The vegetables and fruits grown inside a Burlington, New Jersey greenhouse look completely ordinary.

But Solomon Fried's crops are different. He goes to extreme lengths to make sure they are free of bugs.

"You're always looking for insects, I would imagine? Yes, that's a 24-hour thing. They never sleep, so we have to be alert," Fried said.

Fried is obsessed with bugs because his produce is sold in Brooklyn's ultra-orthodox community, and insects are not kosher. Jews who strictly observe religious dietary rules do not even want to eat them accidentally.

"The problem is there are many insects that lodge themselves into the vegetables, the fruits, whether it is on the leaf, sometimes it is inside the veins of the leaf itself," explained Rabbi Marc Penner of Yeshiva University.

Removing bugs from typically farmed produce often requires intense washing. At this kosher restaurant, a rabbi with the Orthodox Union spends 15 minutes soaking strawberries in soapy water and examining them with a light before certifying they're insect-free.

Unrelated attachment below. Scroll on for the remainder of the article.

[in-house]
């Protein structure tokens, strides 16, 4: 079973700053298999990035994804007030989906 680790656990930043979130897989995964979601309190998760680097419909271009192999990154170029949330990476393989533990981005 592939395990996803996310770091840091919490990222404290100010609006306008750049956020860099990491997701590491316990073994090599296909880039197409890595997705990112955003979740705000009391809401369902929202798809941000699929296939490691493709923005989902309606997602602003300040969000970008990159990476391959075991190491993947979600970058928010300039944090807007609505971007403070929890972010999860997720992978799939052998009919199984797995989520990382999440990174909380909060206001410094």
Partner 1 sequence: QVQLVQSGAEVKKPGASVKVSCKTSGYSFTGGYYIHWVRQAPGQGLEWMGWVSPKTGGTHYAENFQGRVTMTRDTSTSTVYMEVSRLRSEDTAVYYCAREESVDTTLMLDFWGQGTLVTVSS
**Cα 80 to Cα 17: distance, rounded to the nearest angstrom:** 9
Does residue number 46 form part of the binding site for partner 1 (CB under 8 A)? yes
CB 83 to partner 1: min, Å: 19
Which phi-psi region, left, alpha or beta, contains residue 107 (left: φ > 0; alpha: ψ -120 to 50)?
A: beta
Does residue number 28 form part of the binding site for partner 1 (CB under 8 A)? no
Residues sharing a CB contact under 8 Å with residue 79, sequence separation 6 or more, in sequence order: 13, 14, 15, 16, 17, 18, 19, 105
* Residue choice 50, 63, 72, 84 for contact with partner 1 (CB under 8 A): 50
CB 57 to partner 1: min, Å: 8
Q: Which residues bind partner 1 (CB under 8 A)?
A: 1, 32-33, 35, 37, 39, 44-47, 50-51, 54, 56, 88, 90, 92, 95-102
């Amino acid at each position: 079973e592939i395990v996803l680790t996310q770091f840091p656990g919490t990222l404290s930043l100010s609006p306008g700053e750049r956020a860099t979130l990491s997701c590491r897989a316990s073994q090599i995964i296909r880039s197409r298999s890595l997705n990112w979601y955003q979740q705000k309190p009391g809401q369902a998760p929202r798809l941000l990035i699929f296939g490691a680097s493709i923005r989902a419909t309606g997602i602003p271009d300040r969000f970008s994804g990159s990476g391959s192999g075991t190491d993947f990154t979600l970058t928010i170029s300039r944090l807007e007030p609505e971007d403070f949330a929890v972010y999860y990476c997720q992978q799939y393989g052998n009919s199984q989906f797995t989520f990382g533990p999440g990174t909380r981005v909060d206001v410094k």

The requirement is so onerous many observant Jews avoid farm-fresh fruits and vegetables altogether and stick to pre-packaged produce already checked by rabbis, limiting their food choices.

Until a few years ago, there was only romaine and iceberg. A restaurant had to serve regular romaine and a nice dish," Fried said.

Fried, a Hasidic Jew who worked in the food industry, sensed a business opportunity. Two years ago, he opened a 3,000 square foot greenhouse in Central New Jersey to farm produce in a strictly bug-free environment.

He grows greens hydroponically in water and raises strawberries with a soil substitute - environments not friendly to insects. For extra protection, he seals the greenhouse with netting and corking. 

Michael Scotto: A rabbi comes in once a week and inspects?

Fried: Yes, and they wash it down. and then I have to wait for the phone call to see if approved or not approved. And so far we have been on the approved list.

Fried says his strawberries are the first some Jews in Borough Park have ever tasted. 

And with the orthodox population growing, so is Fried's business. He delivers to gourmet kosher markets and restaurants in Borough Park, like Upside Craft Burger where the owner no longer must pay a rabbi to inspect the greens.

"Getting everything right with quality was almost impossible on a consistent basis. It was impossible," said Yanky Mayer, owner of Upside Craft Burger.

Fried says there's enough demand that he will soon relocate to a larger greenhouse, growing more produce insect-free.